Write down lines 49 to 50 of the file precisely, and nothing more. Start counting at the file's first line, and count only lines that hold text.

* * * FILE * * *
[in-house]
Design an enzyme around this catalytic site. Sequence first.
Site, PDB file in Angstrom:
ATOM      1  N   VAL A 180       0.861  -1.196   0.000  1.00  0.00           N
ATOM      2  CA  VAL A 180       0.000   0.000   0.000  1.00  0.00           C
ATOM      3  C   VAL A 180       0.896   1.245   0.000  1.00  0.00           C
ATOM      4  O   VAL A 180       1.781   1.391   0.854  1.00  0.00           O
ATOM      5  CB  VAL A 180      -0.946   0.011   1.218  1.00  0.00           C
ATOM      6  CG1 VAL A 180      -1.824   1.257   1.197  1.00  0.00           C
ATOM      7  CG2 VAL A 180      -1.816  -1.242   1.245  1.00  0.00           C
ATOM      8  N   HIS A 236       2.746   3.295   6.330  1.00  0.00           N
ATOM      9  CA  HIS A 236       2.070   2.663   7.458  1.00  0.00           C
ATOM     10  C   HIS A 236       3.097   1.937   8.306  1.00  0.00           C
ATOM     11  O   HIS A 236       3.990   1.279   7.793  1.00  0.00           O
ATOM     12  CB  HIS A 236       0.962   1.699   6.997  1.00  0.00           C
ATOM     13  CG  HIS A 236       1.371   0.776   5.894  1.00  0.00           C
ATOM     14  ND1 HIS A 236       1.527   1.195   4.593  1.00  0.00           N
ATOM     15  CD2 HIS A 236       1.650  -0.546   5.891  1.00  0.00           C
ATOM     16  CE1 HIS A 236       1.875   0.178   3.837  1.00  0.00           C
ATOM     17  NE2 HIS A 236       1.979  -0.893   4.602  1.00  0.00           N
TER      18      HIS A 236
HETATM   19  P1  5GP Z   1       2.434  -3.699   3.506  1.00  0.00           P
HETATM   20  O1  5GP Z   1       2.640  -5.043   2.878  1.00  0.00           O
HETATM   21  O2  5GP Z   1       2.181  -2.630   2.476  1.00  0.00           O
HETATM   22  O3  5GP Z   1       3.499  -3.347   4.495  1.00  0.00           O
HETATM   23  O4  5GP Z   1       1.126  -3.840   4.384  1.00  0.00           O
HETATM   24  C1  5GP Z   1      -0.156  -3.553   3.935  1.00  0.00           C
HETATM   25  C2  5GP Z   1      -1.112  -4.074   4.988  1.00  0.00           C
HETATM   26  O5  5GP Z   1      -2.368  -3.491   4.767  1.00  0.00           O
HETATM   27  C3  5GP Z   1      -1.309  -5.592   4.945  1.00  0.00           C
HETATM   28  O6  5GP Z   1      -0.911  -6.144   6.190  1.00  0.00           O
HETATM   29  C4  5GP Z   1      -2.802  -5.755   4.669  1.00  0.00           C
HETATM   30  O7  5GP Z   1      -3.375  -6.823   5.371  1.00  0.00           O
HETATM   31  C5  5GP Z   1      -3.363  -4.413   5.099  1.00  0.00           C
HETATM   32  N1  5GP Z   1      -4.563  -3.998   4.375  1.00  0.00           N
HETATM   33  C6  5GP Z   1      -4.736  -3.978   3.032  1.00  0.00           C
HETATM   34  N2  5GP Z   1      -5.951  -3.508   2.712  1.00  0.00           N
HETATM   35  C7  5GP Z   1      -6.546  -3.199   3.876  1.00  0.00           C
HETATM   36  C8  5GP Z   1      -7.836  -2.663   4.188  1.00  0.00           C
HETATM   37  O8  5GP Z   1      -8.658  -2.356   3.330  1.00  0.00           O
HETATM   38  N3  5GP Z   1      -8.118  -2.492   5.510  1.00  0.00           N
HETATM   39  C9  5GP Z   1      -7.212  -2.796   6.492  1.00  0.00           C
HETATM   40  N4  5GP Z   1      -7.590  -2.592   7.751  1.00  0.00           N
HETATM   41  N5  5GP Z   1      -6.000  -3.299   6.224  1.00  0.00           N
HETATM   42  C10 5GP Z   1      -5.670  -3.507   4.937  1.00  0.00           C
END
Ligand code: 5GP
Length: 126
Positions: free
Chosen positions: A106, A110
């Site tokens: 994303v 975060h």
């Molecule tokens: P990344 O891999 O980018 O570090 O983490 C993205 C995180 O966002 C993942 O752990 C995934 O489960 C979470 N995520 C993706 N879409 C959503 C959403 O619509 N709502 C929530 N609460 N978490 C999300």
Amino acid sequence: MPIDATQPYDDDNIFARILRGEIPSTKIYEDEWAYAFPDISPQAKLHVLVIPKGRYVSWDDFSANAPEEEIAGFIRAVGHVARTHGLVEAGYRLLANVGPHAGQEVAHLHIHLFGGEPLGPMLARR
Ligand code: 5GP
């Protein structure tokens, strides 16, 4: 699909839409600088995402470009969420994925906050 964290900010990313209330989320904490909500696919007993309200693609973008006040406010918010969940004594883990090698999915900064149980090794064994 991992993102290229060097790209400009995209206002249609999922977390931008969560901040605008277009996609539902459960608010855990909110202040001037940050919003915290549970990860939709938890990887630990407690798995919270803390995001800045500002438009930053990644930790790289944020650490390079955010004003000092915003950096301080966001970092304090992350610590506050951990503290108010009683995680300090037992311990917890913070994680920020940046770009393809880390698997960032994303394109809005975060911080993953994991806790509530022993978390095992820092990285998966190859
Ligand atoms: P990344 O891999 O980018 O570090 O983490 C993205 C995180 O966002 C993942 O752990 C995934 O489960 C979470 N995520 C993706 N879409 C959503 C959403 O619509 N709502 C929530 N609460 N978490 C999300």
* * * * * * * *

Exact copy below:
Positions: free
Chosen positions: A106, A110